I have an old VHS video that was recorded using a Sony video camera. It was recorded in the UK.
I didn't consider this when I took it to a USA shop to have it digitalized. They called me and said they are getting audio but no video. Would the reason be because it was recorded as PAL? It's a small shop and they don't have the equipment to convert it to NTSC.
I can have it taken back to the UK in October and get it done there.
I really just need to know if you think that is the issue.
I'm desperate. The video is of my son when he was a few months old. It was recorded in 1996. My son passed away in 2021.
I'm just looking to see if there is any hope. October is a long time for me to wait and worry.
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Unlike European PAL decks which can play both PAL and NTSC, North American VHS decks only play NTSC. That's almost certainly your problem. So you chances are very good that someone will be able to digitize your tape if you take it back to the UK.
I agree with @jagabo, but would add that whoever does the work in UK should transfer the PAL vhs to PAL computer file to maintain best quality. It SHOULD play ok on computers in the US, as computer systems are basically TV system agnostic. But, once it is a digital file, can be converted fairly straightforwardly to NTSC, if necessary for other playback setups, using tools and info from this site.
Originally Posted by Scott
Added: No encoder I've come across has an "NTSC" or "PAL" setting.
Last edited by Alwyn; 10th Aug 2023 at 01:45.
- Frame size (WidthxHight): PAL 720x576 vs NTSC 720x480
- Frame rate: PAL 25 interlaced frames per second = 50 fields per second vs NTSC 29.97 interlaced frames per second = 59.94 fields per second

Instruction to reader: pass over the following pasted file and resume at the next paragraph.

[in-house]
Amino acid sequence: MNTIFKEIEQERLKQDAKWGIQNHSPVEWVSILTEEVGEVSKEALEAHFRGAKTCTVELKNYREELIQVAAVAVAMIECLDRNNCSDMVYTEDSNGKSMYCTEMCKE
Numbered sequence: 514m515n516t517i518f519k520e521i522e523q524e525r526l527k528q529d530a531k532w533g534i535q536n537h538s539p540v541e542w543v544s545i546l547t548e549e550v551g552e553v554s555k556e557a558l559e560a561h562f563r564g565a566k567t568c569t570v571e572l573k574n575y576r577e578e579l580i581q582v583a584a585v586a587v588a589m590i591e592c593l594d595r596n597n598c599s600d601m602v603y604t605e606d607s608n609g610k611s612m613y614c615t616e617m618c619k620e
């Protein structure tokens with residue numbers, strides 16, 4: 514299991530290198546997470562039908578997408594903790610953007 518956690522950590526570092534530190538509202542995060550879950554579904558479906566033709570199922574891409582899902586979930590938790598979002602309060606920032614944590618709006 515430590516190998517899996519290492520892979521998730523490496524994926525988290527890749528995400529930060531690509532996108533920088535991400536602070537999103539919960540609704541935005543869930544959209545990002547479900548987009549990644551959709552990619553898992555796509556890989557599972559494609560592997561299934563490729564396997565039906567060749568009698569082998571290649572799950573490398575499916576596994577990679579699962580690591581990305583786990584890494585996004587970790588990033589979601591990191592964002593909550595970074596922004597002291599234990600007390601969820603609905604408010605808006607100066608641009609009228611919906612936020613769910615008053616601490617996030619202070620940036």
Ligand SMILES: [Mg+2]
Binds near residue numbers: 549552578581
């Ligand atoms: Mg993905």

- Pixel Aspect Ratio: PAL 1150:1053 (for 4:3 DAR) vs NTSC 38800:42651 (for 4:3 DAR)
While PC and SW players are flexible regarding playback of various formats, HW players and TV players are much less so. DVD/Blu-ray players can be very picky and reject playback of non-compliant formats.
As I understand Scott's concern: If the shop is asked to make a digital "NTSC" version of the PAL tape there is a high chance that the shop just creates a real mess, given the differences above (deinterlacing, correct resizing, frame rate conversion etc). There are enough examples of odd conversions in this forum.
Also, "NTSC" would unnecessarily sacrifice vertical resolution.
Last edited by Sharc; 10th Aug 2023 at 03:25.
Encoders are broadcast format agnostic. The responsibility of how to encode is with the user. Authoring tools however (for making DVD's, burning discs) usually provide such format options.
Last edited by Sharc; 10th Aug 2023 at 03:14.
There is are no NTSC and PAL files, just like there is no NTSC/PAL DV or HDV, for example, but manufacturers continue to use this nomenclature instead of saying something like "30p/30i/60p" and "25p/25i/50p" or just "60 Hz" and "50 Hz" systems.
My BD player plays 25 fps files, but when I insert a region-free DVD with 50 Hz (a.k.a. "PAL") movie, it refuses to play it, which I think is not fair.
Anyway, one can ship a PAL VCR to the U.S. and digitize the tape there.
But, @bwaak, you are incorrect - a PAL vcr in the US *MAY* still have problems capturing, unless the capture card/device is ALSO PAL-supporting. In NTSC lands, there is certainly NOT any universal assurance of PAL support. (I hate it that is so, but it is).
@MomOfOne, I have no doubt that dellsam34 will make a wonderful transfer. You can check his youtube channel, see the link in his signature.